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Evaluating and Improving Experimental Forecasts

Paper Session

Friday, Jan. 5, 2024 8:00 AM - 10:00 AM (CST)

Grand Hyatt, Travis B
Hosted By: Econometric Society
  • Chair: Nicholas G. Otis, University of California-Berkeley

Weighing the Evidence: Which Studies Count?

Eva Vivalt
University of Toronto
Aidan Coville
World Bank
Sampada KC
University of British Columbia


We present results from two experiments run at World Bank and Inter-American Development Bank workshops on how policymakers, policy practitioners and researchers weigh evidence and seek information from impact evaluations. We find that policymakers and policy practitioners care more about attributes of studies associated with external validity than internal validity, while for researchers the reverse is true. Policymakers and policy practitioners who had the most accurate forecasts of estimated program impacts were those who acted the most like researchers in seeking evidence, and vice versa. These preferences can yield large differences in the estimated effects of pursued policies: policymakers were willing to accept a program that had a 6.3 percentage point smaller effect on enrollment rates if it were recommended by a local expert, larger than the effects of most programs.

Policy Choice and the Wisdom of Crowds

Nicholas G. Otis
University of California-Berkeley


Using data from seven large-scale randomized experiments, I test whether crowds of academic experts can forecast the relative effectiveness of policy interventions. Eight-hundred and sixty-three academic experts provided 9,295 forecasts of the causal effects from these experiments, which span a diverse set of interventions (e.g., information provision, psychotherapy, soft-skills training), outcomes (e.g., consumption, COVID-19 vaccination, employment), and locations (Jordan, Kenya, Sweden, the United States). For each policy comparisons (a pair of policies and an outcome), I calculate the percent of crowd forecasts that correctly rank policies by their experimentally estimated treatment effects. While only 65% of individual experts identify which of two competing policies will have a larger causal effect, the average forecast from bootstrapped crowds of 30 experts identifies the better policy 86% of the time, or 92% when restricting analysis to pairs of policies who effects differ at the p < 0.10 level. Only 10 experts are needed to produce an 18-percentage point (27%) improvement in policy choice.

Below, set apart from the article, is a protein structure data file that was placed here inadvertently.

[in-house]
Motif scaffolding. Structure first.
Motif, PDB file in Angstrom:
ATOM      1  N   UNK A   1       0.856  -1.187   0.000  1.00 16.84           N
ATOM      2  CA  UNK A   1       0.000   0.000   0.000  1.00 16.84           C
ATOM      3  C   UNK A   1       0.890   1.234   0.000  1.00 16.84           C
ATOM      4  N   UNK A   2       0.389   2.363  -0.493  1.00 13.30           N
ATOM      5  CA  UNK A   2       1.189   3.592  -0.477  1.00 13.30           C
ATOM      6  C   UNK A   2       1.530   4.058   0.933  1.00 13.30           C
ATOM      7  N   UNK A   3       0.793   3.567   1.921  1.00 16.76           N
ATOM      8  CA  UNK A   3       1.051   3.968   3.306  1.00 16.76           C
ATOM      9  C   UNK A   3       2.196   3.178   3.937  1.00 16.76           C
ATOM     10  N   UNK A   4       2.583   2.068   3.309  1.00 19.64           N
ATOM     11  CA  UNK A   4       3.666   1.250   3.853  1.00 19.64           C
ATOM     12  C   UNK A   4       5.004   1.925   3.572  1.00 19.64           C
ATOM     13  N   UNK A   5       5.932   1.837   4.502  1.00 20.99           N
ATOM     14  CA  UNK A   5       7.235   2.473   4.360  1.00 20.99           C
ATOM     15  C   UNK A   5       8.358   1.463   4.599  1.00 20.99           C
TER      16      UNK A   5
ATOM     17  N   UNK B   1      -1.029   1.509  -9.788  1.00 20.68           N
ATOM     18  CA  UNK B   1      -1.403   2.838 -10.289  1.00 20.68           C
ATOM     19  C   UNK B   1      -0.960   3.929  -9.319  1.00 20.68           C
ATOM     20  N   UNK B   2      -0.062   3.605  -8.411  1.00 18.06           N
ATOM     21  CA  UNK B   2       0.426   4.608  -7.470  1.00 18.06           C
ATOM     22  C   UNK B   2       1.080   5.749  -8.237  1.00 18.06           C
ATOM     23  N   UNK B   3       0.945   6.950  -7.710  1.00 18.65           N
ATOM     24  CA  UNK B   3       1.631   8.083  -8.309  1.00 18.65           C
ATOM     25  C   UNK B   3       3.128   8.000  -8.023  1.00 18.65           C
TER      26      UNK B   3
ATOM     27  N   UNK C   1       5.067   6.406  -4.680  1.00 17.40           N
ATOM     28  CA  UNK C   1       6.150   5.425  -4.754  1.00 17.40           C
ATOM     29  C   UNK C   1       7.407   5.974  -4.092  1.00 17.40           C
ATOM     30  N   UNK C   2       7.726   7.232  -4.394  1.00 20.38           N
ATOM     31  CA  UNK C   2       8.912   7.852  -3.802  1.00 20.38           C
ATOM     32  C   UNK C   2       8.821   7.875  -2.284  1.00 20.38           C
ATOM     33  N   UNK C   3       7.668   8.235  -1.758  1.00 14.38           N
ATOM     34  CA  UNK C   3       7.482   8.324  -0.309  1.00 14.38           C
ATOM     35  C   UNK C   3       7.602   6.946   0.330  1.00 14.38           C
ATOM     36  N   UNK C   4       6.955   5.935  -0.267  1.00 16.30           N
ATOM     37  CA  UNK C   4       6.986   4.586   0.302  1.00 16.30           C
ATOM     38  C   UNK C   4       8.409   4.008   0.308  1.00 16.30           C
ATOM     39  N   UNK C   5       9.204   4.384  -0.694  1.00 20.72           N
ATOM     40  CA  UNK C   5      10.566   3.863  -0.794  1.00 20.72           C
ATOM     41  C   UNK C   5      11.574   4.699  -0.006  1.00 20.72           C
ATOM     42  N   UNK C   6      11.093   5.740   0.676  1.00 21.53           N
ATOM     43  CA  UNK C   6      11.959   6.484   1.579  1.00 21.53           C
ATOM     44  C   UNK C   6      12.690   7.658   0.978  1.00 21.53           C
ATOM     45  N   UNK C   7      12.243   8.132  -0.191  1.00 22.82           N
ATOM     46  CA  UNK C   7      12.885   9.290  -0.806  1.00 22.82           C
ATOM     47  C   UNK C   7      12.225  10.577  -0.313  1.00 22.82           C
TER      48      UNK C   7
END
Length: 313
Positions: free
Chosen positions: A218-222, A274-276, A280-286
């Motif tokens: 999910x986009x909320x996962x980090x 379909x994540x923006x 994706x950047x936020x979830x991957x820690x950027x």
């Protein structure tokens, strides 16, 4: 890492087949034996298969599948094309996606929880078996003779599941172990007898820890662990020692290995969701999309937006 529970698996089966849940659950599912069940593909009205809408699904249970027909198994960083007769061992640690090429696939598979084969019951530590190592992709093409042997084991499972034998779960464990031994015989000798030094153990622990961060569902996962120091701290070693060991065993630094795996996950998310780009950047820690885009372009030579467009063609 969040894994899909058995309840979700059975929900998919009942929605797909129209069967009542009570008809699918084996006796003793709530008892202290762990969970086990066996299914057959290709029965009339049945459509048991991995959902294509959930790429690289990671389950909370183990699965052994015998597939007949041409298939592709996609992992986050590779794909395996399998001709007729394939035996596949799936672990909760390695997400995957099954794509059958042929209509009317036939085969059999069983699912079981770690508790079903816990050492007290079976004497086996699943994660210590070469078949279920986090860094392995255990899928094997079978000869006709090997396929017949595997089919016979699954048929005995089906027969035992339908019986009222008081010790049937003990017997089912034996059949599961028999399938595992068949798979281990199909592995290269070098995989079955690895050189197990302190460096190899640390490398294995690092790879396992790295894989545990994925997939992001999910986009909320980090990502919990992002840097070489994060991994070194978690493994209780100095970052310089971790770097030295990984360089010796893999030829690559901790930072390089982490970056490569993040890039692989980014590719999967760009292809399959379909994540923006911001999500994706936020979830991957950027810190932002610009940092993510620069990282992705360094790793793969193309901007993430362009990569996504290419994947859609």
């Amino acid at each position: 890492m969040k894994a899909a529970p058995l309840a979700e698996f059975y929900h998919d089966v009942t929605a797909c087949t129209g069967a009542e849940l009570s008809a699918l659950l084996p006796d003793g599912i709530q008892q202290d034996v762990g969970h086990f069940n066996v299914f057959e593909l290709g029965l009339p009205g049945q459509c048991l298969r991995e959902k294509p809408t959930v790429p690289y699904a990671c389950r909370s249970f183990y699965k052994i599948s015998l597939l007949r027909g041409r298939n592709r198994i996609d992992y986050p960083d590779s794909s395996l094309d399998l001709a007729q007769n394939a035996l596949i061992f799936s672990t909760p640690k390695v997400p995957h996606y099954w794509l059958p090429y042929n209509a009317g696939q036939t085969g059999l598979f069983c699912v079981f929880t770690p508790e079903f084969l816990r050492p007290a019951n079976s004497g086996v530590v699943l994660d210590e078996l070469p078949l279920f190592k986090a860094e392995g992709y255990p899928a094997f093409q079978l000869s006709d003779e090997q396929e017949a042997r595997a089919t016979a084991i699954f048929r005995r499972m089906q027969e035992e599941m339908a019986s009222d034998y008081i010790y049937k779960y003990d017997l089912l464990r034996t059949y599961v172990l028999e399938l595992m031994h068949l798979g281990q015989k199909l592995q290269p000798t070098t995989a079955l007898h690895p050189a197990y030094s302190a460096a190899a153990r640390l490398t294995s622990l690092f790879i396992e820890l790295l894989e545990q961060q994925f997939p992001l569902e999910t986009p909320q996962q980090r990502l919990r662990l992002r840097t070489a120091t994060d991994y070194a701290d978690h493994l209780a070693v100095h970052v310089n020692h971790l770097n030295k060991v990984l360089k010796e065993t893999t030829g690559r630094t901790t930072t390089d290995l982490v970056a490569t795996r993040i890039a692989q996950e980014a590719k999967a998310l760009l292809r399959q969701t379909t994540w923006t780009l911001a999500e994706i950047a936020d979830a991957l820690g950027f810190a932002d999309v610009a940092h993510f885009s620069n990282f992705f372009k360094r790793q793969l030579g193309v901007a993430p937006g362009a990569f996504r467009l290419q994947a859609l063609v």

Rationalizing Entrepreneurs' Forecasts

Nicholas Bloom
Stanford University
Mihai Codreanu
Stanford University
Robert Fletcher
Stanford University


We analyze, benchmark, and run randomized controlled trials on a panel of 7,463 U.S. entrepreneurs making incentivized sales forecasts. We assess accuracy using a novel administrative dataset obtained in collaboration with a leading US payment processing firm. At baseline, only 13% of entrepreneurs can forecast their firm’s sales in the next three months within 10% of the realized value, with 7.3% of the mean squared error attributable to bias and the remaining 92.7% attributable to noise. Our first intervention rewards entrepreneurs up to $400 for accurate forecasts, our second requires respondents to review historical sales data, and our third provides forecasting training. Increased reward payments significantly reduce bias but have no effect on
noise, despite inducing entrepreneurs to spend more time answering. The historical sales data intervention has no effect on bias but significantly reduces noise. Since bias is only a minor part of forecasting errors, reward payments have small effects on mean
squared error, while the historical data intervention reduces it by 12.4%. The training intervention has negligible effects on bias, noise, and ultimately mean squared error. Our results suggest that while offering financial incentives make forecasts more realistic,
firms may not fully realize the benefits of having easy access to past performance data.

The Gender Gap in Confidence: Expected But Not Accounted For

Christine Exley
Harvard Business School
Kirby Nielsen
California Institute of Technology


We investigate how the gender gap in confidence affects the views that evaluators
(e.g., employers) hold about men and women. If evaluators fail to account for the
confidence gap, it may cause overly pessimistic views about women. Alternatively, if
evaluators expect and account for the confidence gap, such a detrimental impact may
be avoided. We find robust evidence for the former: even when the confidence gap is
expected, evaluators fail to account for it. This “contagious” nature of the gap persists
across many interventions and types of evaluators. Only a targeted intervention that
facilitates Bayesian updating proves (somewhat) effective.
JEL Classifications
  • C8 - Data Collection and Data Estimation Methodology; Computer Programs
  • C9 - Design of Experiments